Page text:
In case of any kind of emergency, a burglary, a medical emergency, or any kind, there is only one phone number that you can freely call to get any help you need, and that number is 911.
Behind that number, people are working non-stop to provide you with the best help in time, which is known as 911 operators.
911 operators around the country accept incoming calls, identify the type and location of an emergency, and deploy rescue personnel such as cops, firemen, and EMTs to the area.
Because this position entails stress, it demands someone with a high level of empathy, excellent communication skills, and the capacity to multitask.
The compensation of a 911 operator is determined by a variety of variables, including the business and state in which the operator works.
According to ZipRecruiter, 911 operators gets paid 10.9% greater than the national average in New York followed by Idaho and California.
Since this is a demanding profession where you need to multitask a lot, you might wonder how much 911 operators make per hour if you are considering pursuing it as a career.
Keep reading to find this out!
|Guide||How Much Do 911 Operators Make?|
|Average Income||$43,290 per year|
|Highest Income||$70,000 per year|
|Qualification||High school certificate or equivalents|
Who Are 911 Operators?
911 operators, often known as emergency dispatchers or police dispatchers, receive inbound emergency calls regarding crimes, fires, and medical emergencies.
One of the first responders to a disaster is a 911 operator. They assist individuals with their needs and queries by connecting them to the appropriate resources.
They figure out what the problem is and where it is. The proper rescue professionals are then dispatched or alerted and given location information.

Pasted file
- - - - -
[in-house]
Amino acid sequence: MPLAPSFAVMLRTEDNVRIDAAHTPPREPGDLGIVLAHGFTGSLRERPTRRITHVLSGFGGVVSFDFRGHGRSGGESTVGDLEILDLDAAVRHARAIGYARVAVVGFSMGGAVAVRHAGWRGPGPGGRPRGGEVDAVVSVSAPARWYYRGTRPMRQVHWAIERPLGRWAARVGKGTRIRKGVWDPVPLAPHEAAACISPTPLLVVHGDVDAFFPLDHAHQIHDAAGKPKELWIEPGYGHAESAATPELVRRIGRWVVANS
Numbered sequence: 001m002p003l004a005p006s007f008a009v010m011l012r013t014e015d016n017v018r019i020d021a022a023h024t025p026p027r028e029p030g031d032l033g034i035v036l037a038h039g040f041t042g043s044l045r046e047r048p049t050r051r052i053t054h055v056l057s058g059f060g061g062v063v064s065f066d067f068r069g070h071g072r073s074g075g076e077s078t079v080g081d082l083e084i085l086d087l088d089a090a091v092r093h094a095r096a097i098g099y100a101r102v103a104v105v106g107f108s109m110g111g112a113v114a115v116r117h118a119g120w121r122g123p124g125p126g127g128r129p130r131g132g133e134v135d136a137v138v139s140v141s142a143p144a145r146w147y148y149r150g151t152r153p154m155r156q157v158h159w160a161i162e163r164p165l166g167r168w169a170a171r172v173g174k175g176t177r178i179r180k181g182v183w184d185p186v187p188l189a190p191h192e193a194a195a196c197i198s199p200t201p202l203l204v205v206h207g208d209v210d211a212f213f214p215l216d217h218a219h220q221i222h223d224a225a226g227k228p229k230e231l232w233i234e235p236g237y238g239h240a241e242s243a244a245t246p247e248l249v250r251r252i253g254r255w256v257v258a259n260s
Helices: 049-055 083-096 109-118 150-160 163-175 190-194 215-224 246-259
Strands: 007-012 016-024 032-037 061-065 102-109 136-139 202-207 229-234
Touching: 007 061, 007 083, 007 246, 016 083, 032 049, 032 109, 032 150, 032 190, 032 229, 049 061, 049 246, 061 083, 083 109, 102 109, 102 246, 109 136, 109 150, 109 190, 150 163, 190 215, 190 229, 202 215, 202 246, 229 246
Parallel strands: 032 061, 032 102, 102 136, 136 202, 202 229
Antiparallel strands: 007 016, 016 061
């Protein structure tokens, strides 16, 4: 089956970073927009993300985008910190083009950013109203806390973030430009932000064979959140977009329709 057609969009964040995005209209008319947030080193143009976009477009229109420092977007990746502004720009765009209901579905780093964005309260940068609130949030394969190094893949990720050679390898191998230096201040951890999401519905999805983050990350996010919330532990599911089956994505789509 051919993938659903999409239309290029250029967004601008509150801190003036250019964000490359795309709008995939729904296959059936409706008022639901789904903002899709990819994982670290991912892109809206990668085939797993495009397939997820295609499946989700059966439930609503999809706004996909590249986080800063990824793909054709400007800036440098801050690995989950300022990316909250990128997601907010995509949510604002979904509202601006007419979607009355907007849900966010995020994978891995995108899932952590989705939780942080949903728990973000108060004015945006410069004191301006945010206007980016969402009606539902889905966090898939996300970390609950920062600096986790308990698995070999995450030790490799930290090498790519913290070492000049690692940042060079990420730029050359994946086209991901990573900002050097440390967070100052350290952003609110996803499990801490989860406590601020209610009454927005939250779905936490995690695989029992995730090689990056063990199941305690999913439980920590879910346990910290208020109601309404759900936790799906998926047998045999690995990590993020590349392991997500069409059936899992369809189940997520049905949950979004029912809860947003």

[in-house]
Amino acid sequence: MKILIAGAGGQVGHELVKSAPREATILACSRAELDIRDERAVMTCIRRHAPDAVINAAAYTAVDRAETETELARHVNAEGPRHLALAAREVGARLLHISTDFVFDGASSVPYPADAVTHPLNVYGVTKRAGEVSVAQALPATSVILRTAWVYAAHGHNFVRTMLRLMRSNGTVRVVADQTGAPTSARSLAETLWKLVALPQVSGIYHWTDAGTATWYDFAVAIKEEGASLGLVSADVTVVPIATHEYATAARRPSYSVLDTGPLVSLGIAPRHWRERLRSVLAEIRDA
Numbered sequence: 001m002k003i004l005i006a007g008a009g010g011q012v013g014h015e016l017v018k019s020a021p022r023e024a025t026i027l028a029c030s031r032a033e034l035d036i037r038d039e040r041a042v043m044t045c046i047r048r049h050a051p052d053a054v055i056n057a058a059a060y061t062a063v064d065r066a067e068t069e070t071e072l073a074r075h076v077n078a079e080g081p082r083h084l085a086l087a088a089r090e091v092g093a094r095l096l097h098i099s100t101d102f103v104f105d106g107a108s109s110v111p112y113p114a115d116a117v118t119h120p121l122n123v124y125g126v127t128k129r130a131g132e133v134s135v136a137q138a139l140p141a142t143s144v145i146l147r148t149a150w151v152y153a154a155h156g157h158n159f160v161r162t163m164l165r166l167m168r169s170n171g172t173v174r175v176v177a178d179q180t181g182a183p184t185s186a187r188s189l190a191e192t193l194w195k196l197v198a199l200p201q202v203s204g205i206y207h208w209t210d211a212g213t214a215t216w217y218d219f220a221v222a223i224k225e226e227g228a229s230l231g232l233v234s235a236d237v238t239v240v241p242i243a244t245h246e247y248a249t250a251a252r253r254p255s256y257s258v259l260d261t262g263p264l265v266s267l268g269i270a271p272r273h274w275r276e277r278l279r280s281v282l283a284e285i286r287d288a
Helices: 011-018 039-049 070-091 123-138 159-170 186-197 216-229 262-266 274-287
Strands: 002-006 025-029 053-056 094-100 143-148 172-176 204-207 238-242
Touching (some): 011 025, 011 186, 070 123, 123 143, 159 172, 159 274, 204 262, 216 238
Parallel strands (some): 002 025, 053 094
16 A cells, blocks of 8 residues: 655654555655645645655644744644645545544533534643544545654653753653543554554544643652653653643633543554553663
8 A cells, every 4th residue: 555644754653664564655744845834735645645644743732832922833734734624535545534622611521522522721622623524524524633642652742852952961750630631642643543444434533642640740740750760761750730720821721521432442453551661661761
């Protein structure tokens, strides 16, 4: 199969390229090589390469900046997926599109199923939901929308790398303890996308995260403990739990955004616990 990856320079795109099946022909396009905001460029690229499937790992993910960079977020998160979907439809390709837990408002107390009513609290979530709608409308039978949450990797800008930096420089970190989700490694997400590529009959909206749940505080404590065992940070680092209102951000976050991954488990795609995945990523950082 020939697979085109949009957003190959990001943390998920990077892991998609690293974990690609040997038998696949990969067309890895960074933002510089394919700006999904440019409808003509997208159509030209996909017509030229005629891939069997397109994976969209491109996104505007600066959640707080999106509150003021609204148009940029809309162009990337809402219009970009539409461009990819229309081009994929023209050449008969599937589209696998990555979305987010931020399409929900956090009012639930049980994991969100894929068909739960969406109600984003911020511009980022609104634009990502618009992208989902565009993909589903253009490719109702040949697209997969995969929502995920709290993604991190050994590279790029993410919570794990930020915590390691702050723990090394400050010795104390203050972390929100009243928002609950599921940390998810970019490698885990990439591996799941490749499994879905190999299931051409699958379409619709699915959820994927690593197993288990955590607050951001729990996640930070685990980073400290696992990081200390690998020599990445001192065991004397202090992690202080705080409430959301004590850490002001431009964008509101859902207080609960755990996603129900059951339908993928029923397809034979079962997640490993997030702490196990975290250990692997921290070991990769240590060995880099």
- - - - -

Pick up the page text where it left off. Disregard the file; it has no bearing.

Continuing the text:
Police, firefighters, EMTs, and paramedics all work closely with 911 operators.
During an emergency, 911 operators attempt to keep callers calm, aware, and informed while also obtaining help and resources for individuals who have injuries.
What Is It Like to be a 911 Operator?
How Much Do 911 Operators Make?
The amount of money you make in this job depends on a number of things, including your degree of expertise and where you work.
According to the Bureau of Labor Statistics, 911 operators earn an average of $43,290 per year or $20.81 per hour.
According to the Bureau, there are more than 95,000 emergency dispatchers in the United States.
Dispatchers often work shifts of eight to twelve hours, while some work shifts of up to 24 hours.
On weekends and holidays, they are frequently obliged to work. Dispatchers work in high-stress, life-or-death situations that need rapid, precise decisions.
1. How Much Do 911 Operators Make in an Hour?
911 Operators make minimum of $10.58 an hour and maximum of $29.09 an hour.
2. How Much Do 911 Operators Make a Month?
911 Operators make minimum of $1,833 a month and maximum of $5,042 a month.
3. How Much Do 911 Operators Make a Year?
911 Operators make minimum of $22,000 a year and maximum of $60,500 a year.
Highest Salary Of 911 Operators In 2023
With 911 operators, the fact that you have a lot of experience does not make a massive difference, but the location matters.
If you are working in a state like California, which is the highest-earning state in the United States in terms of 911 operators, you tend to earn way higher than other smaller states.
The highest-earning 911 operators, the top 10%, have a salary of $70,000 annually. Even though expertise does play a role, it is not as major as in the other professions.
Is Being A 911 Operator Good Or Bad?
Operators for 911 operate in shifts. Each one may last anywhere from eight to twelve hours, with some lasting up to 24 hours.
They frequently work weekends and holidays, and also they frequently work extra.
In this position, you may interact with many individuals in a variety of emotional states throughout the day and listen to terrible facts. So the majority of PSAPs work inside.
The 911 operator job involves you sitting in front of a computer all day, answering phone calls using a headset.
They may ask you to stay at your call station for the full shift if there is a staffing shortage or a spike in emergency calls.
There are many disadvantages; however, if you like helping people and talking to people in need, you might consider this career as it might be a good choice for you.